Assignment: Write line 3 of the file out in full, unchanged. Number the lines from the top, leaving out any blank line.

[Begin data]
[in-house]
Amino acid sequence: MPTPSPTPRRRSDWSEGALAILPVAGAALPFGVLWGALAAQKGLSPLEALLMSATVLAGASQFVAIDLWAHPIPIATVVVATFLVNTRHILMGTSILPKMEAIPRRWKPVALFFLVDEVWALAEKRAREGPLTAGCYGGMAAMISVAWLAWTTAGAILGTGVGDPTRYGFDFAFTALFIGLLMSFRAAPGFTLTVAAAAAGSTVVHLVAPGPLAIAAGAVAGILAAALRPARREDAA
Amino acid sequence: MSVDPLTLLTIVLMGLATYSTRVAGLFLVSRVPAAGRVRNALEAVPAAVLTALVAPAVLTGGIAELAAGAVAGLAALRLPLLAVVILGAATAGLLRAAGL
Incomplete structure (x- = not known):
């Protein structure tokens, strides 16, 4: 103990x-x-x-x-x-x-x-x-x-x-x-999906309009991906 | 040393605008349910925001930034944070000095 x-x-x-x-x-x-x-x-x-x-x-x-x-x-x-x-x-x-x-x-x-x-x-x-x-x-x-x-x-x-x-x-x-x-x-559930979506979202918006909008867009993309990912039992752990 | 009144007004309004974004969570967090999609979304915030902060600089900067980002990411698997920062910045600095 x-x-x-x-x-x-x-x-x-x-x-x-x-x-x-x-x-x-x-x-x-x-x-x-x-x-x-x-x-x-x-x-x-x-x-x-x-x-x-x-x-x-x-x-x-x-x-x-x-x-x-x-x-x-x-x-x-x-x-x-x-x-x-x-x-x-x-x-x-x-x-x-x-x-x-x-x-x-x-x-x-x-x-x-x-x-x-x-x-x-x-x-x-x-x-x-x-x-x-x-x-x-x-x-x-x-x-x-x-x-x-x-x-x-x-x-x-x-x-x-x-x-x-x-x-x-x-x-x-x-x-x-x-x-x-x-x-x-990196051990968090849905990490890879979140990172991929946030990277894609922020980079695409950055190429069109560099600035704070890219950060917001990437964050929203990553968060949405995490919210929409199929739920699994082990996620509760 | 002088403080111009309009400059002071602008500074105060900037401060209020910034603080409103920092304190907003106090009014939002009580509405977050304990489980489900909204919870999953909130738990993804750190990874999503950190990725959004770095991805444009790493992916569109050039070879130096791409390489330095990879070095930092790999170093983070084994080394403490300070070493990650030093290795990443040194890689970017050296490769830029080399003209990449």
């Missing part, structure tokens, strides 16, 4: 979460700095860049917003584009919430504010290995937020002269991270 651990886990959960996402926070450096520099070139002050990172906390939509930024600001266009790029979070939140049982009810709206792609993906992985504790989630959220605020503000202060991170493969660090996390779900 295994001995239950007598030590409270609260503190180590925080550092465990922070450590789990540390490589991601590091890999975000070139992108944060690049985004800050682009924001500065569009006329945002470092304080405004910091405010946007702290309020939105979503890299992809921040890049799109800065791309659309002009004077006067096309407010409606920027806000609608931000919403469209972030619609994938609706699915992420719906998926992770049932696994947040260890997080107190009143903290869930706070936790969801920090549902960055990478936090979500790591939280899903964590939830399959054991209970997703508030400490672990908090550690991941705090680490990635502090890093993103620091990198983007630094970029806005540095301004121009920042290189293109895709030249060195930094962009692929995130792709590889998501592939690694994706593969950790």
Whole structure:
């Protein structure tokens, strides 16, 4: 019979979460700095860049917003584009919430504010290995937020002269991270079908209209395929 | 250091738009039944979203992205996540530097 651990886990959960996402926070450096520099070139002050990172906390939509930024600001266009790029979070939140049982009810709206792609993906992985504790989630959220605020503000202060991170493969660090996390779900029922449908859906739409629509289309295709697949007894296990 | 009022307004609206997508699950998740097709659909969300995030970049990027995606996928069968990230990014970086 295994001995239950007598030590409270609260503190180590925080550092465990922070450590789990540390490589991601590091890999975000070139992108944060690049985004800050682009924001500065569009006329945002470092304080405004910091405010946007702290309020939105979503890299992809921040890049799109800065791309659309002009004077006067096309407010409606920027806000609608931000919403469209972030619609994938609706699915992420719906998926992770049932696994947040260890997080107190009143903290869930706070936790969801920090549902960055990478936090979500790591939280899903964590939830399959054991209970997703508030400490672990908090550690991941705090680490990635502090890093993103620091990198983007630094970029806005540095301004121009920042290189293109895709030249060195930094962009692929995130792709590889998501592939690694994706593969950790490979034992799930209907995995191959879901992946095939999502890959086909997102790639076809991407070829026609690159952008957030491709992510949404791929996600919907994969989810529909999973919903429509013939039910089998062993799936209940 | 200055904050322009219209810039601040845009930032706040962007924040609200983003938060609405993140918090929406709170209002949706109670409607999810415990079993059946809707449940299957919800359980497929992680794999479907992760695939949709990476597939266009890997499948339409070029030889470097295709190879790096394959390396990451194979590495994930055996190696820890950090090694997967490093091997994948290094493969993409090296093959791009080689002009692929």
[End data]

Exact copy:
Amino acid sequence: MSVDPLTLLTIVLMGLATYSTRVAGLFLVSRVPAAGRVRNALEAVPAAVLTALVAPAVLTGGIAELAAGAVAGLAALRLPLLAVVILGAATAGLLRAAGL